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BEST PRACTICES TO HELP DISTRIBUTED AGILE TEAMS [#Agile #AgileTeams #DistributedAgileTeams]

1. RESPECT CULTURAL DIFFERENCES
2. PRE-SPRINT PLANNING AND EARLY INTERDEPENDENCIES IDENTIFICATION
3. CONSISTENT TIME FOR DISTRIBUTED DAILY SCRUM MEETINGS
4. SCHEDULE SPRINT REVIEWS AND RETROSPECTIVES
5. MINIMIZE HANDOFFS
6. HIRE MOTIVATED PEOPLE
7. USE COLLABORATION TOOLS
8. KNOW YOUR PEOPLE

Global Agile teams must address some inherent collaboration challenges, such as differences in time zones, differences in cultures and barriers in languages.

For a distributed Agile team to succeed, each team member must make some extra effort.

Project managers should strive to:

• arm the team with the right tools for communication and collaboration
• understand strengths and weaknesses of the team members
• encourage transparency
• hold regular meetings
• set clear expectations for stakeholders and team members
• adhere to engineering best practices and standards
• focus on achievable milestones
• build awareness of different cultures

BEST PRACTICES THAT CAN HELP DISTRIBUTED AGILE TEAMS ADDRESS THESE SPECIFIC CHALLENGES:

1. RESPECT CULTURAL DIFFERENCES
Where team members might come from a mix of cultural backgrounds, it is imperative that everyone respect the differences of each other. Managers should coordinate cultural awareness trainings on a regular basis. Also, there are different holidays the team members celebrate, which might require extra coordination for team coverage.

2. PRE-SPRINT PLANNING AND EARLY INTERDEPENDENCIES IDENTIFICATION
Without clear expectations, teams run into many issues during the project lifecycle. Set expectations with stakeholders to measure the project success and establish clear expectations for team members to keep them focused.

Plan sprints and identify interdependencies as early as possible. Plan Product Backlogs well in advance – long before the Sprint start date. Another good practice is to schedule frequent Backlog Grooming sessions often, typically once a week.

In a Backlog Grooming session, the Product Owner reviews items on the Product Backlog with the team members to prioritize and select a few Sprints worth of user stories. This activity makes Sprint Planning sessions more efficient and effective.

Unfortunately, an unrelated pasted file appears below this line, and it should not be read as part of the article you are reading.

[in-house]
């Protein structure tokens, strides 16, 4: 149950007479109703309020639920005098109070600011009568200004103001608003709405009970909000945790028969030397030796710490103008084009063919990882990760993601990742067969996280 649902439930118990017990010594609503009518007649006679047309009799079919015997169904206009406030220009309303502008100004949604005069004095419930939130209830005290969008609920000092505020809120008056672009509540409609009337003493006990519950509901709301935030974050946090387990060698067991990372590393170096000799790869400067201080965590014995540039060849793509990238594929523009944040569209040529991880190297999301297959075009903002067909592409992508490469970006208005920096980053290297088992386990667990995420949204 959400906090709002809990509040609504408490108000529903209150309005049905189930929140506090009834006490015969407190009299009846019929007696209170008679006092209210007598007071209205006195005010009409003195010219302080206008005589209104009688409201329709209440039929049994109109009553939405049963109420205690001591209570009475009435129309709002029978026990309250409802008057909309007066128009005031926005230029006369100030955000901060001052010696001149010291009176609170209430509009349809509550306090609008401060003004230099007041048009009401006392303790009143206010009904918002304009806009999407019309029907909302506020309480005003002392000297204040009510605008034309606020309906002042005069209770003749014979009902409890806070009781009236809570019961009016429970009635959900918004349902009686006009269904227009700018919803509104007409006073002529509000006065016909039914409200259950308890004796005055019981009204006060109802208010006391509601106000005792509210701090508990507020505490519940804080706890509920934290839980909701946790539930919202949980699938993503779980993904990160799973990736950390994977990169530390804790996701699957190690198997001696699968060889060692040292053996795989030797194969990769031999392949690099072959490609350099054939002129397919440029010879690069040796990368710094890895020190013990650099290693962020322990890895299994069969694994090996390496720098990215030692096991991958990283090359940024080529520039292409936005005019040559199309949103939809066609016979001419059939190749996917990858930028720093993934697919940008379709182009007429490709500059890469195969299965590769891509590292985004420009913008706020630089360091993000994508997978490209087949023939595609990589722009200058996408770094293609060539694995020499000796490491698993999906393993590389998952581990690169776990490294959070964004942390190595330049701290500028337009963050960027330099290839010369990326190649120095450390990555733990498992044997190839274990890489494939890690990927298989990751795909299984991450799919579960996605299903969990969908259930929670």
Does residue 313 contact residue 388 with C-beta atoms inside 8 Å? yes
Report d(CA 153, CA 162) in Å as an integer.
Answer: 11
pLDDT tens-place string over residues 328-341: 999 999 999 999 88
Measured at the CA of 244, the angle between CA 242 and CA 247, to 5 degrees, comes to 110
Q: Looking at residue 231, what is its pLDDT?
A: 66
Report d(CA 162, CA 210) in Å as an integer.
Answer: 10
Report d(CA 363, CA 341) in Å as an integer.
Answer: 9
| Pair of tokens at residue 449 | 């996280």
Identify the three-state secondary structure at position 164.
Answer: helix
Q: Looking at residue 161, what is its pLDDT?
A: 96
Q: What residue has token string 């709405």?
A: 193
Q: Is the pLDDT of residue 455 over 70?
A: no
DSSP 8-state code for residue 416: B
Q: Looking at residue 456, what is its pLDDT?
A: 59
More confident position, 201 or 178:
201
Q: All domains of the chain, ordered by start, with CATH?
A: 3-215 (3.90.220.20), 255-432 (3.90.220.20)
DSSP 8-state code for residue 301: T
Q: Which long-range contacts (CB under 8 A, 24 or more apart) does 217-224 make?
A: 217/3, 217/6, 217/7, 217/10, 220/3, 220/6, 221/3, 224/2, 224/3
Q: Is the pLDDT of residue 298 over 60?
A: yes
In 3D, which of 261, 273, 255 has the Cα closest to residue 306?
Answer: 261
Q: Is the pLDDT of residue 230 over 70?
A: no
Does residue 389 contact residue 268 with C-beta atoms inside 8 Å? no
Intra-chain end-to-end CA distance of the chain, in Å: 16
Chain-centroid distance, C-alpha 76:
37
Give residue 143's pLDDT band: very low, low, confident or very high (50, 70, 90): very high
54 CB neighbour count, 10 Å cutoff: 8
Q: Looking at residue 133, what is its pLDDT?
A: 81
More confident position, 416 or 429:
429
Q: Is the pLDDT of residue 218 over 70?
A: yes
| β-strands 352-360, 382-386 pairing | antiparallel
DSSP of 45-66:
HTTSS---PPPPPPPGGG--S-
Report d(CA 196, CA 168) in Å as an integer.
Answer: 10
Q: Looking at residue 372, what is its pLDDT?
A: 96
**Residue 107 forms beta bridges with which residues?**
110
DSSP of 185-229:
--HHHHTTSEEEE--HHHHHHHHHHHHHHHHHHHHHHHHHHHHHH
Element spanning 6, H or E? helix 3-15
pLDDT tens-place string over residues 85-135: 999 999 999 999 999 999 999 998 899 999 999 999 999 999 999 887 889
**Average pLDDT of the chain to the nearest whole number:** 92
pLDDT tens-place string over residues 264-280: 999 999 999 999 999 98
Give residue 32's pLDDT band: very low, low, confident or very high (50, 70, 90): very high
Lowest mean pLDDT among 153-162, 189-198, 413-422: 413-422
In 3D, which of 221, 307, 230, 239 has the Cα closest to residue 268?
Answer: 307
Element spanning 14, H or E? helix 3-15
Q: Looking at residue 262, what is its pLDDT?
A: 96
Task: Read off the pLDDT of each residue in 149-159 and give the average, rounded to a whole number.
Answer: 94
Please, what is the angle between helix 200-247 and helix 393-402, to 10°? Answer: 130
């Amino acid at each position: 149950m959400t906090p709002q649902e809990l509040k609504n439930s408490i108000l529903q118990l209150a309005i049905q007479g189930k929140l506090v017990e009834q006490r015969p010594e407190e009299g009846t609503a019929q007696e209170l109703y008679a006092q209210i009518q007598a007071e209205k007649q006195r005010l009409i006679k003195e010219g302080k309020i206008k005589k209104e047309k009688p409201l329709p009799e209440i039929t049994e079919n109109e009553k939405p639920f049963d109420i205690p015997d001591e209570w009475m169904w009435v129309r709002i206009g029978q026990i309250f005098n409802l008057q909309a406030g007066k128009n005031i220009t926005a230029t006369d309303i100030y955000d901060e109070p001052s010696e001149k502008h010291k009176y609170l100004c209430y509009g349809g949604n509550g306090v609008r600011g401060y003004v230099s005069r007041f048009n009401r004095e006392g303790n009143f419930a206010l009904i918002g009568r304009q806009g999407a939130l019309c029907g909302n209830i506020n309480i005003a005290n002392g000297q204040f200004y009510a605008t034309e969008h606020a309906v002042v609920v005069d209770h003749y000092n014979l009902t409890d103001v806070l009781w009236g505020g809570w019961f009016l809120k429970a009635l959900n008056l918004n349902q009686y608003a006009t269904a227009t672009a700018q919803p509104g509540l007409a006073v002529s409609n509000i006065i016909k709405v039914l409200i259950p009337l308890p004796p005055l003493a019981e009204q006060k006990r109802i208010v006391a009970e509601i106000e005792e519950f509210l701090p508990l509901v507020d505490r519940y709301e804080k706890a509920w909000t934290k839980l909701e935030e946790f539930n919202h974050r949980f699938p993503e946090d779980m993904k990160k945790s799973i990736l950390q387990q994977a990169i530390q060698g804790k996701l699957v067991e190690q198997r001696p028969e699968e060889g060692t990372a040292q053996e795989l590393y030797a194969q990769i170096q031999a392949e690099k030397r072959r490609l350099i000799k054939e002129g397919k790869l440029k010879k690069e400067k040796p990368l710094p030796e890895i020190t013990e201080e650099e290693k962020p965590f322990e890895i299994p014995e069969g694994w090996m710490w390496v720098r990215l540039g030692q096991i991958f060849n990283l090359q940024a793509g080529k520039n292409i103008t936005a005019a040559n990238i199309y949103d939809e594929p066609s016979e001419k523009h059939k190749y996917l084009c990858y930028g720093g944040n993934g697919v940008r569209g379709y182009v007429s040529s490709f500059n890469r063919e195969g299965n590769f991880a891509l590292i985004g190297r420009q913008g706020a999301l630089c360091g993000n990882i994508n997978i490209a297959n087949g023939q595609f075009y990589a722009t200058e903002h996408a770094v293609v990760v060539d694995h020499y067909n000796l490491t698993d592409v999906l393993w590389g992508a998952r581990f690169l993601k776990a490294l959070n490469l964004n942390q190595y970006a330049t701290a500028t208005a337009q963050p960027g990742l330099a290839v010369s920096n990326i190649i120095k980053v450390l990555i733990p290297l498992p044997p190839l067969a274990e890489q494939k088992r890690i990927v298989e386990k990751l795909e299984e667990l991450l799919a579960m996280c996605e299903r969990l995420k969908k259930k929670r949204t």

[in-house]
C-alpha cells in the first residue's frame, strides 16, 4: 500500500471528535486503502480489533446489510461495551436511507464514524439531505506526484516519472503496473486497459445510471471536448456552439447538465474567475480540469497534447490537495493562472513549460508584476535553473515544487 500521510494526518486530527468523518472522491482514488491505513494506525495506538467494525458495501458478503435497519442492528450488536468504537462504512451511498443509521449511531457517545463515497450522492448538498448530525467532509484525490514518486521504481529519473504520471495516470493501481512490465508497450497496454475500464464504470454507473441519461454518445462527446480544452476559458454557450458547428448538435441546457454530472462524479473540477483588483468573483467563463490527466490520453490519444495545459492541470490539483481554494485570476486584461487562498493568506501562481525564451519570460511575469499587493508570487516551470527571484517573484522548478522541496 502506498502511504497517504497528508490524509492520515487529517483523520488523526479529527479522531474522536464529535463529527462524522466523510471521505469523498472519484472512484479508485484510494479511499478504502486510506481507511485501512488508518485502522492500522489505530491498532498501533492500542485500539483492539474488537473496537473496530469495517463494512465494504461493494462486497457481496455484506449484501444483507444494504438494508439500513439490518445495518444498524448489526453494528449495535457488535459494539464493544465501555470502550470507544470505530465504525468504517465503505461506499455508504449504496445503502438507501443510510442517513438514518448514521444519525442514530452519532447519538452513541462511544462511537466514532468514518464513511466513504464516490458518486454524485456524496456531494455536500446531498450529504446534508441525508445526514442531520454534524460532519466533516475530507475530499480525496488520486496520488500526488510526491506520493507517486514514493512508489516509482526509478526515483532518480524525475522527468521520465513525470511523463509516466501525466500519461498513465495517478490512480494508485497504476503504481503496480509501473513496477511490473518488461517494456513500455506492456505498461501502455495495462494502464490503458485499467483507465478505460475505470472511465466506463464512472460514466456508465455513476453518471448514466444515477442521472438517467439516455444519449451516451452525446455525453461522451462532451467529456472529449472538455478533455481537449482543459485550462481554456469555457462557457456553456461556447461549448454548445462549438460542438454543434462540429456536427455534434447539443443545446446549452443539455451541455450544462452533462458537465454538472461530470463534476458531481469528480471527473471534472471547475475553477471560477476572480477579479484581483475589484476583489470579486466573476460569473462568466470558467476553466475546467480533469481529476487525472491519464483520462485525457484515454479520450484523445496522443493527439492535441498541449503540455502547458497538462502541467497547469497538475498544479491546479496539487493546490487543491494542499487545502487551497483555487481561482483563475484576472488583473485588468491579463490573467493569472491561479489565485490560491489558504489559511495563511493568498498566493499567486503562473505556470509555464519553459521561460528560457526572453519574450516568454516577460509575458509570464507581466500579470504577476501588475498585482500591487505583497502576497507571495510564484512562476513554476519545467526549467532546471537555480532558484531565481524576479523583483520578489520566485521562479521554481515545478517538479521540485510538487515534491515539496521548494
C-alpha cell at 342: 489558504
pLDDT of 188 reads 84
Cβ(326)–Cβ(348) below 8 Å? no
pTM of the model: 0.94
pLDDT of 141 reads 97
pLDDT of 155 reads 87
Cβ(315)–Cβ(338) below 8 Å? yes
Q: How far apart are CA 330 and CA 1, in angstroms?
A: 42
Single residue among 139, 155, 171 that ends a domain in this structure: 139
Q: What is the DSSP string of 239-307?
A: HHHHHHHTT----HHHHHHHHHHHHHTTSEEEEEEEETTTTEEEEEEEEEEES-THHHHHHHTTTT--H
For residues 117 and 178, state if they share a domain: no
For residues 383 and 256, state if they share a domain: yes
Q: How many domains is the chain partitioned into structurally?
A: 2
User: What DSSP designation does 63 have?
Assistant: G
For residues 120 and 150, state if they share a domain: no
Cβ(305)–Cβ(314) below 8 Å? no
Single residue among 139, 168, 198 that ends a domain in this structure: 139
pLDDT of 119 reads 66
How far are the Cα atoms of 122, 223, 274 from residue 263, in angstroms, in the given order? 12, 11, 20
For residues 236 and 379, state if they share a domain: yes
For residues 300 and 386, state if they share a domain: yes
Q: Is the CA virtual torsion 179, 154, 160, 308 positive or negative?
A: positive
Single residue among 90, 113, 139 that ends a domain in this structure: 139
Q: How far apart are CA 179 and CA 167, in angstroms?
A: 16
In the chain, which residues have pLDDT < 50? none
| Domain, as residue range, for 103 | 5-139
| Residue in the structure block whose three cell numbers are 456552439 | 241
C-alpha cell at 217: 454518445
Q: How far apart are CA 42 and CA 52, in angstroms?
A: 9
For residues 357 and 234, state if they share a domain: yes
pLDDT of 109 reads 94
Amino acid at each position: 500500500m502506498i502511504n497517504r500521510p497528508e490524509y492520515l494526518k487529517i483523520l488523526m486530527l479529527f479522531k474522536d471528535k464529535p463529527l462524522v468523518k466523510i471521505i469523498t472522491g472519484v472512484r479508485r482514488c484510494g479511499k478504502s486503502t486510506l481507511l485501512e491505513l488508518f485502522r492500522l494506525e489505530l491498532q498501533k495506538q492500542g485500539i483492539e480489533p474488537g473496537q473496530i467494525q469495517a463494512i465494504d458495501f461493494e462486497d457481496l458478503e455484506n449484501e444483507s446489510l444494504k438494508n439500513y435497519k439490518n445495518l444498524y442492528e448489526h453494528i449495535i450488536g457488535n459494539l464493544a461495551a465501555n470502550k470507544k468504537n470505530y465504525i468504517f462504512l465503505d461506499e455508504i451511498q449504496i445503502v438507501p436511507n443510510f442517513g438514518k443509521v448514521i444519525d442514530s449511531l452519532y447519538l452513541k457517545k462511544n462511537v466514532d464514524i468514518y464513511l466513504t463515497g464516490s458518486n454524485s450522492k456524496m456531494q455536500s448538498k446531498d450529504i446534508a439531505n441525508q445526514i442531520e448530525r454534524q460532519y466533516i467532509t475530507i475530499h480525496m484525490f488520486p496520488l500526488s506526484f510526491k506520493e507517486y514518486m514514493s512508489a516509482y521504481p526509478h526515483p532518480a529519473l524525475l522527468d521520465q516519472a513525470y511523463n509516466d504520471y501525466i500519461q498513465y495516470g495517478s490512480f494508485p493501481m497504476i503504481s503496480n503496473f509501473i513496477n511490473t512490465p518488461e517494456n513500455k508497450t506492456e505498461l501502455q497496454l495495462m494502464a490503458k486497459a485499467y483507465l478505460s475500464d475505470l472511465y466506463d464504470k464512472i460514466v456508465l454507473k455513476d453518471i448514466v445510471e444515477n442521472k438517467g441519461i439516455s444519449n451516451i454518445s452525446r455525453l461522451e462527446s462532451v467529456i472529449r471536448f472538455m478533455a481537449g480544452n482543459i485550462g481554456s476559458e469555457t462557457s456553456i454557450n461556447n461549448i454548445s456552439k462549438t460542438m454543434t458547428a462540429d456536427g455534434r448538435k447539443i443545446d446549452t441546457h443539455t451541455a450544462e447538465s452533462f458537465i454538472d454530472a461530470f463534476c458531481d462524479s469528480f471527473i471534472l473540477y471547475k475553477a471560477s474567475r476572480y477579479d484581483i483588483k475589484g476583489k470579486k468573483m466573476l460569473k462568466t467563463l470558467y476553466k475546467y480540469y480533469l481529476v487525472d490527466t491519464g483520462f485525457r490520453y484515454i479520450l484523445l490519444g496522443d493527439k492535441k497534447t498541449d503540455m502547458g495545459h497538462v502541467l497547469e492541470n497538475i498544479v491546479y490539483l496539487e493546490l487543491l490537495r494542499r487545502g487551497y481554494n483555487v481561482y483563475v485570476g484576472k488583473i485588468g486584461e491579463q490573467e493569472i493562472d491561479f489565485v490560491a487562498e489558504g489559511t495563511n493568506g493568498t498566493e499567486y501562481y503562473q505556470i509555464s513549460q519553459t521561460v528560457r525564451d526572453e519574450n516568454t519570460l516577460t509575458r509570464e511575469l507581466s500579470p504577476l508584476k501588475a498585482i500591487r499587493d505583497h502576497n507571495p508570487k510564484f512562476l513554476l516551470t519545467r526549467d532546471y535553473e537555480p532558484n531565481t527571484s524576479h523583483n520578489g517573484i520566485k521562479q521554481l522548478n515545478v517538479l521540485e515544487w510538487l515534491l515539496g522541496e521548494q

3. CONSISTENT TIME FOR DISTRIBUTED DAILY SCRUM MEETINGS
Daily Scrum meetings help the team focus, facilitating collaboration among team members . Hold these meetings at a consistent time when the entire team is available.

A daily Scrum meeting typically lasts 15 to 20 minutes. This gathering is where the entire global team can discuss the progress of each team member, plan for the day and identify potential blockers.

4. SCHEDULE SPRINT REVIEWS AND RETROSPECTIVES
Schedule sprint reviews to assess a project against the goals the team set during Sprint Planning. Sprint Retrospectives provide distributed Agile teams a way to effectively exchange information and ideas, assess progress in the iteration, and create plans to improve the process of work. When the team meets its goals, celebrate milestones to boost morale.

Managers typically hold remote retrospective sessions via video conferencing.

5. MINIMIZE HANDOFFS
Differences in time zones increase wait times. If a team member in one country needs a team member in another country or another continent to resolve a blocking issue, that holdup wastes a lot of time. Team members could even lose an entire day of work. Delays can disrupt the delivery timeline of the project, which is why the team should reduce unnecessary handoffs, even if they cannot be eliminated entirely.

Identify dependencies early and plan for them accordingly to help reduce these disruptions. Build better communication practices to ease knowledge sharing and minimize hand-offs.

It is also a good practice to co-locate the Product Owner with the Development teams to facilitate collaboration and communication. If the Product Owner cannot work at that location, managers can empower and encourage local team members.

6. HIRE MOTIVATED PEOPLE
While it is difficult to assess self-motivation, remote workers must work harder than a local team to communicate, stay focused and be productive, so it is an important criterion to evaluate. Co-located team members should also work to bridge the communication gap and engage their remote peers.

7. USE COLLABORATION TOOLS
Communication is one of the foundational aspects of distributed Agile team management. SaaS tools can facilitate communication and collaboration to boost the productivity of the team.

Use tools for conferencing, screen sharing and sending messages among team members. Plenty of options are available, so find the ones that suit your team size and requirements. If necessary, schedule training sessions so that every team member knows how to get the most out of these tools.

8. KNOW YOUR PEOPLE
Build rapport across the team. Put work aside on occasion and take time to get to know every team member individually. This effort builds trust and boosts morale considerably.

Regular video conferences and occasional visits to remote offices also help build rapport based on personal connections. And constantly encourage open communication. It takes time to establish trust with a co-worker who appears more often as an email address than as a familiar face. However, it is a worthwhile undertaking because Agile requires team transparency.

ADAPTED FROM
How to make distributed Agile teams efficient and collaborative:
TechTarget

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